Miller is currently serving as a member of the board of supervisors of Flint Township, which like the rest of the county is struggling with unemployment, outmigration, and flagging business. Her issues in the campaign appear to be basic nuts-and-bolts of local governance. In an interview with the Flint Journal, Miller was proud of bringing curbside recycling to the township by signing a contract with a private company to provide the service at a lower cost than government. “Weekly trash pickup, weekly yard waste, weekly recycling… that to me is a big accomplishment.” She also said that a highlight of her time on the board was the building of a bicycle path with private funds and grants.
However, the postcard circulated by America Votes says that she had once run for office as a Republican but changed her affiliation to the Democratic Party “to increase her chances of winning.” The card quoted Miller as saying that she “’has changed her political affiliation, but not her values.’” The card also said that Miller “headed a conservative, anti-woman organization” because she had served as president of Pregnancy Helpline, a pro-life organization that offers free pregnancy testing and other assistance to expectant mothers.
Local voters have received phone calls from organizations asking for whom they will vote in the special election. In one case, a local voter received a call that repeated some of the accusations contained in the America Votes postcard.
Isaguirre’s website described his family as staunch labor union supporters. A graduate of Michigan State University, the young Isaguirre worked for Mark Schauer, a former U.S. Representative who is now running for the state governorship. According to Isaguirre, “Mark showed him what it takes to be a true public servant and champion for the middle class, and how to run a great campaign.” Among his other qualifications, Isaguirre’s website credits him for fighting for “worker’s rights in Wisconsin,” and for working at the Michigan Consumers for Healthcare to implement Obamacare. He also worked for President Barack Obama’s “grassroots organization.” The website did not specific whether he has any private sector experience.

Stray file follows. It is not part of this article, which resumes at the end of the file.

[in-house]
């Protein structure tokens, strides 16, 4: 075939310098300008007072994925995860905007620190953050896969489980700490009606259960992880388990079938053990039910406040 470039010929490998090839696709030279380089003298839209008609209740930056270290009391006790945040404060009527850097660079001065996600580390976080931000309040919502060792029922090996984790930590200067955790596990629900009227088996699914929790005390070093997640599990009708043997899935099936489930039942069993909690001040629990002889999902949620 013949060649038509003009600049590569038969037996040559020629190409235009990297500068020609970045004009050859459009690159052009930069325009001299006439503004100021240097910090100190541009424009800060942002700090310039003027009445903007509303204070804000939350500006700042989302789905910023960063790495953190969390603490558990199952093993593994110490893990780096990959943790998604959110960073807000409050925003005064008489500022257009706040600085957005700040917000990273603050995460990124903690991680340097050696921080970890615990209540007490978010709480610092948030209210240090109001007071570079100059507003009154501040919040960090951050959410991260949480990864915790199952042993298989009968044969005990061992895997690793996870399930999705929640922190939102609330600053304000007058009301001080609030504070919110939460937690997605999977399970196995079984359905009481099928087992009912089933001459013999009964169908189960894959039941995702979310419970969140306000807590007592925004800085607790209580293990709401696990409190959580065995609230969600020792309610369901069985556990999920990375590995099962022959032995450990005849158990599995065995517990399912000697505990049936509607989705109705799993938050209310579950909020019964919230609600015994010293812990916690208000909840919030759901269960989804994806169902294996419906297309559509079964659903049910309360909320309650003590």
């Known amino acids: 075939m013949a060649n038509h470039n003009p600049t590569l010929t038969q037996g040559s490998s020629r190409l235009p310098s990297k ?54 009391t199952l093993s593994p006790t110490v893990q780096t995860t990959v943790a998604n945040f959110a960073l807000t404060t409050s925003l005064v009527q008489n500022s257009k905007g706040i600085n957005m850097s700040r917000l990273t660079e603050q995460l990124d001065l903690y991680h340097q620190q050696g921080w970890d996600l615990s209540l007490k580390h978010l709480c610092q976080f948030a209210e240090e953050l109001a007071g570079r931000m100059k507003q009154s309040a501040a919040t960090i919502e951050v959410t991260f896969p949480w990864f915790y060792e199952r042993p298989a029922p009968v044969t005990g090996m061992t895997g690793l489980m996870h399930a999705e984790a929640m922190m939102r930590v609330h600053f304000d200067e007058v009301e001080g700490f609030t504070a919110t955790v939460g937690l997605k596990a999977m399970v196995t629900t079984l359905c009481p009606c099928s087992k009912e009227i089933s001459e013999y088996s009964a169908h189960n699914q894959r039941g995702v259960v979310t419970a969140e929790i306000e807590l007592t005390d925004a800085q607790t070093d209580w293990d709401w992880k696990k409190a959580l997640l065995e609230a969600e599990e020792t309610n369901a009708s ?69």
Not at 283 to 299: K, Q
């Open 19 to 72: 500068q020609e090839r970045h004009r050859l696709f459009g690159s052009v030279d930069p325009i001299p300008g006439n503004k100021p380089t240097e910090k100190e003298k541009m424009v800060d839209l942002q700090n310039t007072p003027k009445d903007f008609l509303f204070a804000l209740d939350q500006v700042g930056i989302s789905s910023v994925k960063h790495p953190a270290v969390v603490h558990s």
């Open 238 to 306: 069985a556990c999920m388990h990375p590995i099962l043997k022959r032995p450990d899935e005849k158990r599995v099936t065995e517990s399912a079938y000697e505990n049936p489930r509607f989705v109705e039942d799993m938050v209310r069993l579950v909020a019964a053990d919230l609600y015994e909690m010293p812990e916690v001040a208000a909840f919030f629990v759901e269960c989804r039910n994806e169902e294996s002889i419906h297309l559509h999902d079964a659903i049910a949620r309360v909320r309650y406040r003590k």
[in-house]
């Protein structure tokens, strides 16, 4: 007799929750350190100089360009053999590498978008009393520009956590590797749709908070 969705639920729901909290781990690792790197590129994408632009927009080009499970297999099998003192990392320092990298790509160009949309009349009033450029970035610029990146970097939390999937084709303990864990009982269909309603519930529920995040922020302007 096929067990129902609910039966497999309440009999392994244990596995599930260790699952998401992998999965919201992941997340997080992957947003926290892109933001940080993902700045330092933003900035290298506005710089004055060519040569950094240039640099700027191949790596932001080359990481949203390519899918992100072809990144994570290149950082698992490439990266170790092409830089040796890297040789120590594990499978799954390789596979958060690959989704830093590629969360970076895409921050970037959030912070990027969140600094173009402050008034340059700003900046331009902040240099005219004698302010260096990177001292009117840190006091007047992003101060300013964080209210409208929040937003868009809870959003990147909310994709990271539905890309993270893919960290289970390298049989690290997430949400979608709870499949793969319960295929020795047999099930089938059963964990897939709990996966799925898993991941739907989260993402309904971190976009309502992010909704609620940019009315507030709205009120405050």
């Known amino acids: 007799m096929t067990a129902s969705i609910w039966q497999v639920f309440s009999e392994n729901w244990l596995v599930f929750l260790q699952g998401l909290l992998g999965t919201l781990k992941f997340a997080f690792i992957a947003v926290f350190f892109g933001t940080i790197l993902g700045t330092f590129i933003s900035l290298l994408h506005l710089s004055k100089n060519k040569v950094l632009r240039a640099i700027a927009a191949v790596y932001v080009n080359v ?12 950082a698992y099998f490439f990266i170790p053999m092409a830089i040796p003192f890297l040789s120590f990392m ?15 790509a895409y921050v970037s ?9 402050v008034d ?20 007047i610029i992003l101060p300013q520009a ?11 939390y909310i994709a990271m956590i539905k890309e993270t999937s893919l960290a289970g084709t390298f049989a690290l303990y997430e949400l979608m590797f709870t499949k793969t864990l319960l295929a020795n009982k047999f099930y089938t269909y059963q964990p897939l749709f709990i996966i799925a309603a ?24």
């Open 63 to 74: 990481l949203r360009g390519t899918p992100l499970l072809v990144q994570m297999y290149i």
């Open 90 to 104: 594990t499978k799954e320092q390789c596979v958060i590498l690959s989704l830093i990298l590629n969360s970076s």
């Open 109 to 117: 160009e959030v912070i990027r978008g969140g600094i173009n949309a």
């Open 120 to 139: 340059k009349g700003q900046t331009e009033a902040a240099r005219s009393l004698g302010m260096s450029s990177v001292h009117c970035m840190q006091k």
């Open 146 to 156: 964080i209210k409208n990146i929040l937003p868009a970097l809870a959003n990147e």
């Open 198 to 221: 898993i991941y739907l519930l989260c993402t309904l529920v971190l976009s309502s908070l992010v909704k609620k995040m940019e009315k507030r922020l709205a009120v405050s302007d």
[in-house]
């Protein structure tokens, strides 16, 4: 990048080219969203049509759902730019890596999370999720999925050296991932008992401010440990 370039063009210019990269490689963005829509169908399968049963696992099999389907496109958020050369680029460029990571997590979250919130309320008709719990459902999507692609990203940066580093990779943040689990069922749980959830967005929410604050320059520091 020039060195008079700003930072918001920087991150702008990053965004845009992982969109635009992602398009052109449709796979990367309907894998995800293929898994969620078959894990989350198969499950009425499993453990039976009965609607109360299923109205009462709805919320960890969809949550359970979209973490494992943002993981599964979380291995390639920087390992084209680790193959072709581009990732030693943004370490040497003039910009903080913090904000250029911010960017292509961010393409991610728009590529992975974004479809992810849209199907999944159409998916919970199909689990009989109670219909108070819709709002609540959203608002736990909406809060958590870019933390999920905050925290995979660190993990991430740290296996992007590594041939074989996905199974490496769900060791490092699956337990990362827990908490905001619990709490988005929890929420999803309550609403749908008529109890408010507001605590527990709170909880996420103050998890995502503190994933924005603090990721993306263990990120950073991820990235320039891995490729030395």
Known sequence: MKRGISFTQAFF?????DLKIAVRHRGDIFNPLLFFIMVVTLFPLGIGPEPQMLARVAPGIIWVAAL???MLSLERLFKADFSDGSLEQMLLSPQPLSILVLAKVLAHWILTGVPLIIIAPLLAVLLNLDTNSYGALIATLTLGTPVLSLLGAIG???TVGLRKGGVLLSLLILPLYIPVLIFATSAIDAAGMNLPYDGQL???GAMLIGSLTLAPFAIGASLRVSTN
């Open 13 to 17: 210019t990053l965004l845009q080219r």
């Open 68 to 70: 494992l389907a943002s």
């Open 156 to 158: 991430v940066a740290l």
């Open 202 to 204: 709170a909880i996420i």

The president of America Votes is Joan Fitz-Gerald, a former president of the Colorado state Senate and an active member of the Democratic party. The website for the group says that Fitz-Gerald was a chair of the Democratic Legislative Campaign Committee, being credited for bringing 10 new state chambers under Democratic control in the 2006 election: a gain of 350 legislative seats nationally.
The executive director is Greg Speed, a Chicago-land native. According to the America Votes website, Speed has “experience advancing progressive causes by leading grassroots advocacy programs, strategic communications efforts and political campaigns, and by working as a senior staffer to Democratic leaders on Capitol Hill.” He was also involved in launching Envision Communications, a Democratic media and communications firm that provides consulting services to progressive organizations, labor unions, political candidates and committees. He is a former communications director of the Democratic Congressional Campaign Committee.